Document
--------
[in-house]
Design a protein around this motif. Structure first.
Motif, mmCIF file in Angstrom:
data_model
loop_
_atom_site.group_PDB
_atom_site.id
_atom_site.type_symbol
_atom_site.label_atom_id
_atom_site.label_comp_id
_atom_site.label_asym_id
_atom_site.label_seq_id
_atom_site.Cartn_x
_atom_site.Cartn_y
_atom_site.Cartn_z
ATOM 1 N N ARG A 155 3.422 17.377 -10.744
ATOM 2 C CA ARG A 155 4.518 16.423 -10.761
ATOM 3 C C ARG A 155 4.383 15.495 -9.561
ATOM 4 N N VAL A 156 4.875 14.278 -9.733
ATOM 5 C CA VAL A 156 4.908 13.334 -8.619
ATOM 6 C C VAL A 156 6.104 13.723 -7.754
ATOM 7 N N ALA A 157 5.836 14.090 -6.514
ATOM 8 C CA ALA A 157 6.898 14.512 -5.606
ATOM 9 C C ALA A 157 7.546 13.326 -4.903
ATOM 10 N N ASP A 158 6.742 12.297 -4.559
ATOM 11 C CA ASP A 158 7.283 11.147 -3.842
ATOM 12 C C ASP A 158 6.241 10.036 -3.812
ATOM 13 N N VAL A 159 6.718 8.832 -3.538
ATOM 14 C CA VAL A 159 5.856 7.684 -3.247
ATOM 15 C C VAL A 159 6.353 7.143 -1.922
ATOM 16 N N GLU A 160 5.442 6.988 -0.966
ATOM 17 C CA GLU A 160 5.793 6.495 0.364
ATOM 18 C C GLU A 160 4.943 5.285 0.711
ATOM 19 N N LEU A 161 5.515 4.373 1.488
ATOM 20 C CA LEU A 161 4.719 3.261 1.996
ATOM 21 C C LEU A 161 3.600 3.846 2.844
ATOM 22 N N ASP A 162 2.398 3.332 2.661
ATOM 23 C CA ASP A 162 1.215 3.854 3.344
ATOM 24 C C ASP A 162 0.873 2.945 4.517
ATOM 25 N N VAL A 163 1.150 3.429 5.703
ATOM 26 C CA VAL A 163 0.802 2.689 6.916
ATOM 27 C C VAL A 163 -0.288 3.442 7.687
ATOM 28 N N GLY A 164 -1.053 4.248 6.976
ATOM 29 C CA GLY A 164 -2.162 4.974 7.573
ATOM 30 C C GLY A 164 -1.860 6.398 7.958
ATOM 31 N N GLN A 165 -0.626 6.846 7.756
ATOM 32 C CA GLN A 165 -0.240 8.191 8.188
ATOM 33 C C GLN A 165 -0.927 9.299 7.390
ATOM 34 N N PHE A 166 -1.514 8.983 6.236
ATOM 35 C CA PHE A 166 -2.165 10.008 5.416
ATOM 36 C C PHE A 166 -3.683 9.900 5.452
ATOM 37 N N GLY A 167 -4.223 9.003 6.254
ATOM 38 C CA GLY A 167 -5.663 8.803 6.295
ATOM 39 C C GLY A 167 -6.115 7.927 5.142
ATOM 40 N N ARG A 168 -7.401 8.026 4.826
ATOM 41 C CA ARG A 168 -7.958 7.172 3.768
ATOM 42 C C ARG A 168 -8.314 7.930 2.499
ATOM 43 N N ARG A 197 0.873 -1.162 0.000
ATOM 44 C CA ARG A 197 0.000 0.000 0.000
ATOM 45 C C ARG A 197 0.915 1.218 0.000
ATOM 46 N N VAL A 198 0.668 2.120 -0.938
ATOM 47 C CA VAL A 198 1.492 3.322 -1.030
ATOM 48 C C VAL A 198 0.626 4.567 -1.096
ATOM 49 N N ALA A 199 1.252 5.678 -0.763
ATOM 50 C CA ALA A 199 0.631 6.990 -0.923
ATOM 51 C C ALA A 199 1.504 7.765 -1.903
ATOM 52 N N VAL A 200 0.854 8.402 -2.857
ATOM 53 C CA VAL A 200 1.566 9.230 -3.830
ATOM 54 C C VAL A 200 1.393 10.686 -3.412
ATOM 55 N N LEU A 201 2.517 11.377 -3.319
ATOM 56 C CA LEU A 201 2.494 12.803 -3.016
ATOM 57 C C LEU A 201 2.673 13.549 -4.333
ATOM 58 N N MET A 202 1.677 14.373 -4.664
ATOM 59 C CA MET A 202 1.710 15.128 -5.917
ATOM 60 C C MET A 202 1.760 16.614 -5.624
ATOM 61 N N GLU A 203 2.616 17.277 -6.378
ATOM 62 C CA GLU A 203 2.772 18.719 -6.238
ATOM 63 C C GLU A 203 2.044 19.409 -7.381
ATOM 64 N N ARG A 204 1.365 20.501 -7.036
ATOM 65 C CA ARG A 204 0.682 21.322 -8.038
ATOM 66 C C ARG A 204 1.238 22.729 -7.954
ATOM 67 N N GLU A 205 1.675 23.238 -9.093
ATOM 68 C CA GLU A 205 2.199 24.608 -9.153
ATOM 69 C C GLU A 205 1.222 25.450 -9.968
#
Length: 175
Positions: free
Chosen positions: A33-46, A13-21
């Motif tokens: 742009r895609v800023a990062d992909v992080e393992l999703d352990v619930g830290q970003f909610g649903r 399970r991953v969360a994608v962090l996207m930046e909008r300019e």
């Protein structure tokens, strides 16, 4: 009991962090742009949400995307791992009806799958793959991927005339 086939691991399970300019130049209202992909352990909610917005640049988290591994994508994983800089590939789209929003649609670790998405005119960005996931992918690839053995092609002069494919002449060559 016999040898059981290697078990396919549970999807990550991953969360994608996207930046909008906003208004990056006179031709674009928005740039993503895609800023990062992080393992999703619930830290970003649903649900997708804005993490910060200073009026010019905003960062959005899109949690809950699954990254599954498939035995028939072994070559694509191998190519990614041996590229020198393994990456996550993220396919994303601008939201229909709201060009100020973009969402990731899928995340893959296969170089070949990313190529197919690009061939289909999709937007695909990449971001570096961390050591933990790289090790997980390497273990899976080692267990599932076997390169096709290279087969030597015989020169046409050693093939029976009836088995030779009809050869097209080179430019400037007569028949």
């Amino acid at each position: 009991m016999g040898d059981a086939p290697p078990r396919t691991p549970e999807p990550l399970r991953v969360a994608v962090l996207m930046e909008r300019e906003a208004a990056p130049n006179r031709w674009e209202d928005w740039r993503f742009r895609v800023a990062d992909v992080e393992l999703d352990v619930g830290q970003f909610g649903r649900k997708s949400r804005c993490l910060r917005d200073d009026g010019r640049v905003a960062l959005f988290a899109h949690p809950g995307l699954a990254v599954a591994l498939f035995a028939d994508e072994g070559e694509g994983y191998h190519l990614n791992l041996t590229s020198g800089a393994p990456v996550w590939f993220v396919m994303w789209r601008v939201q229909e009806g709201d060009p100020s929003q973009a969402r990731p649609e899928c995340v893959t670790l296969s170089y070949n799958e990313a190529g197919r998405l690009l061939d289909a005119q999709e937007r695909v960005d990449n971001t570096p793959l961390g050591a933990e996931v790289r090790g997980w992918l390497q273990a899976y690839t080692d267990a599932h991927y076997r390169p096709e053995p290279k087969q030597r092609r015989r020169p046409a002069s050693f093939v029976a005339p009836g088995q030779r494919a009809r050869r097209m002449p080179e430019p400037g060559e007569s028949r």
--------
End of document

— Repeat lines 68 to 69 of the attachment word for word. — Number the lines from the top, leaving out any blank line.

ATOM 53 C CA VAL A 200 1.566 9.230 -3.830
ATOM 54 C C VAL A 200 1.393 10.686 -3.412